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Professor Mark Dillingham

Helicases as modular components of DNA processing machines

Helicases are motor proteins that translocate along and unwind duplex nucleic acids into their component single strands in an ATP-dependent manner. They are exceptionally abundant enzymes and constitute about 1% of the proteome. Accordingly, they are involved in a wide variety of nucleic acid transactions including DNA replication, repair, recombination and transcription and virtually every aspect of RNA metabolism. Our research is focused on uncovering the role of such helicases in complex DNA manipulations, including the processing of broken DNA for repair by homologous recombination and the resolution of conflicts between DNA replication and transcription.

Figure: AddAB helicase-nuclease bound to a DNA break (Saikrishnan et al., EMBO J. 2012, 31, 1568)


Chromosome dynamics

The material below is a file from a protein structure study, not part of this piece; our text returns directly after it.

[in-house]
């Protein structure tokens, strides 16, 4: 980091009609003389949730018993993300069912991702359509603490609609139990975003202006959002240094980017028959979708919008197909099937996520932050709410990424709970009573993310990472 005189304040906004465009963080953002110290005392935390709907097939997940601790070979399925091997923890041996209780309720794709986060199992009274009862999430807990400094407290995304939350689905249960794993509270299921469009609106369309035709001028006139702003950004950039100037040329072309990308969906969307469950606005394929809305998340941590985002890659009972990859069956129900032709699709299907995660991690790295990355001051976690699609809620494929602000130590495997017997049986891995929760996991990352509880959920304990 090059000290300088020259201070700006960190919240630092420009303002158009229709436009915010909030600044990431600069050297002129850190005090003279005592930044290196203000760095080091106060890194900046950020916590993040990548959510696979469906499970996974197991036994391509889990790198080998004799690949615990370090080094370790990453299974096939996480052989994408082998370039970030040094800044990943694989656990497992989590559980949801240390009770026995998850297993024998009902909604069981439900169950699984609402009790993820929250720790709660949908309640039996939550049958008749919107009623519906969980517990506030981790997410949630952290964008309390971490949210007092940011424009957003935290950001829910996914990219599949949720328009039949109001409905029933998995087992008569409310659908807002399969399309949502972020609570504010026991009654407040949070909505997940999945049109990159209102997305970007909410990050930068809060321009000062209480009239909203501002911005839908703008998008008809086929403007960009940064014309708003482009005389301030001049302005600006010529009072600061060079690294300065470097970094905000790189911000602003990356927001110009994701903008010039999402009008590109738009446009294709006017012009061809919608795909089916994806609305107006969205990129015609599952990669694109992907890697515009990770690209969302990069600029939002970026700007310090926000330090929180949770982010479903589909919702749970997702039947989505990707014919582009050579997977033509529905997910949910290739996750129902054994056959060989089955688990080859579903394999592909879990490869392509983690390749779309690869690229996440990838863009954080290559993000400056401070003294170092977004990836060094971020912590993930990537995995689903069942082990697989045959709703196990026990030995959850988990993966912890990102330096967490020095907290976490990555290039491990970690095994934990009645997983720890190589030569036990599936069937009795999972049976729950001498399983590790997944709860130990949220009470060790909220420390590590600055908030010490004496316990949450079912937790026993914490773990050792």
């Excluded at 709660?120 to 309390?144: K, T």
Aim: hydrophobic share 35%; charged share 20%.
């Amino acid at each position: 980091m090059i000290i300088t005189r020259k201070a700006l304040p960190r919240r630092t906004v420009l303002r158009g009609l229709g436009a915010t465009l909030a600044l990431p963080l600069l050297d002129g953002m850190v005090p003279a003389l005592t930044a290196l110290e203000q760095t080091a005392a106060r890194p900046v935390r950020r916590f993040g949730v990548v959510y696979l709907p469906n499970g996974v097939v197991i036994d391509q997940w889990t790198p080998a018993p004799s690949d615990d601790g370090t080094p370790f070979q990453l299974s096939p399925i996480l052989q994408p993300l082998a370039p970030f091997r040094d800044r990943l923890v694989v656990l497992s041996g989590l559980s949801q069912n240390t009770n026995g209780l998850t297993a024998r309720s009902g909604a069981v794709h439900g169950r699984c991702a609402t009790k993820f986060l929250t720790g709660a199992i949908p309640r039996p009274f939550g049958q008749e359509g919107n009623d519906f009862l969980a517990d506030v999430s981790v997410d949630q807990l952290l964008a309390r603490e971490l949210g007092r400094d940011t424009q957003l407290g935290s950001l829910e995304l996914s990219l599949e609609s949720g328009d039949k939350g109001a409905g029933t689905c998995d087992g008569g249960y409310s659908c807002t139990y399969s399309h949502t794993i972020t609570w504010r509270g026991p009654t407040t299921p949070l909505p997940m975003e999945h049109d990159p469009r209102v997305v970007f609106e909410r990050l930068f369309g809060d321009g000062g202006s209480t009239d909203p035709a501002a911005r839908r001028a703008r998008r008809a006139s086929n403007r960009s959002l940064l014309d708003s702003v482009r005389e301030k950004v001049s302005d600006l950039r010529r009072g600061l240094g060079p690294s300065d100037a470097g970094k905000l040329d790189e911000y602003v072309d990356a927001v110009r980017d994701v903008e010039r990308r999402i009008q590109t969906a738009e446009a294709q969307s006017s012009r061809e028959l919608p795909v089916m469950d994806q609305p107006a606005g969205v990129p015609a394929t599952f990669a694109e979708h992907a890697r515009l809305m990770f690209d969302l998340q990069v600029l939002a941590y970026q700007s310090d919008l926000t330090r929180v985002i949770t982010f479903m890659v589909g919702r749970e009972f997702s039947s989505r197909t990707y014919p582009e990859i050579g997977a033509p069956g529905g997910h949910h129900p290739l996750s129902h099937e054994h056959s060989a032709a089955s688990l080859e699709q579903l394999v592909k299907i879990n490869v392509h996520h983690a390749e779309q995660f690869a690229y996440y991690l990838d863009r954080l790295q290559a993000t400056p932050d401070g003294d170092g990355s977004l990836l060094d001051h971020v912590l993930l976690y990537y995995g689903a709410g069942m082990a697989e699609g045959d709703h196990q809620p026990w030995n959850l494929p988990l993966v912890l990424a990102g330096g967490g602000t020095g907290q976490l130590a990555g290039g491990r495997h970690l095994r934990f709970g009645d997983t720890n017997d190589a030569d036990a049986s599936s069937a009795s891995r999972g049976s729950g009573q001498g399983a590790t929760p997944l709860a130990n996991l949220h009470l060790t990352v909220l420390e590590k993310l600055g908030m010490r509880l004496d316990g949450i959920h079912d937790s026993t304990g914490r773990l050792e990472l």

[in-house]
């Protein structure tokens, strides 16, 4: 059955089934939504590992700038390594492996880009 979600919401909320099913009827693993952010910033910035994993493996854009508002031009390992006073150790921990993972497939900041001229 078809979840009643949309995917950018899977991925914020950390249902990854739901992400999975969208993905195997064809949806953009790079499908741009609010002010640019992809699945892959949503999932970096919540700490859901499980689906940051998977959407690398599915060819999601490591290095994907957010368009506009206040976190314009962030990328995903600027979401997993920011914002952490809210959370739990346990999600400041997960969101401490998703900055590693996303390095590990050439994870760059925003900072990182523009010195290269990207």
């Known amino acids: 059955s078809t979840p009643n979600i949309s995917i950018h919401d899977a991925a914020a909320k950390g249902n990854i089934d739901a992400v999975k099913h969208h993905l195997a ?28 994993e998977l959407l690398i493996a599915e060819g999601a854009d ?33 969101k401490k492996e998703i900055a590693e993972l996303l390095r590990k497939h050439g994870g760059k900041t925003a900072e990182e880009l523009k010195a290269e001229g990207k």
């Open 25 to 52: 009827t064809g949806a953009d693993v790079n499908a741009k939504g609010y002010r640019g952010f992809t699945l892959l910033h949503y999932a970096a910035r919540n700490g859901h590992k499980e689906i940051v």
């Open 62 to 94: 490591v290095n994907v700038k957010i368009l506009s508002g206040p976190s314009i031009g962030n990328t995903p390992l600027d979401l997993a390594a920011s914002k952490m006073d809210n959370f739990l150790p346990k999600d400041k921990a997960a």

Genetic information is commonly stored in very large DNA molecules called chromosomes. These molecules must be efficiently condensed and segregated into daughter cells within the confines of a crowded cell. Remarkably, a whole myriad of other DNA transactions including transcription and repair occur simultaneously on the same molecule. Using Bacillus subtilis as a model system, we are studying the co-ordination of DNA replication, condensation and segregation, with a particular emphasis on the role of structural maintenance of chromosomes (SMC) proteins.

Figure: V- and O-shaped SMC proteins imaged by atomic force microscopy (Fuentes-Perez et al. Biophys. J., 2012, 102, 839)


Join our group!

We are always interested in hearing from talented scientists who wish to join the laboratory. Please contact Mark Dillingham for an informal discussion of the opportunities that are currently available.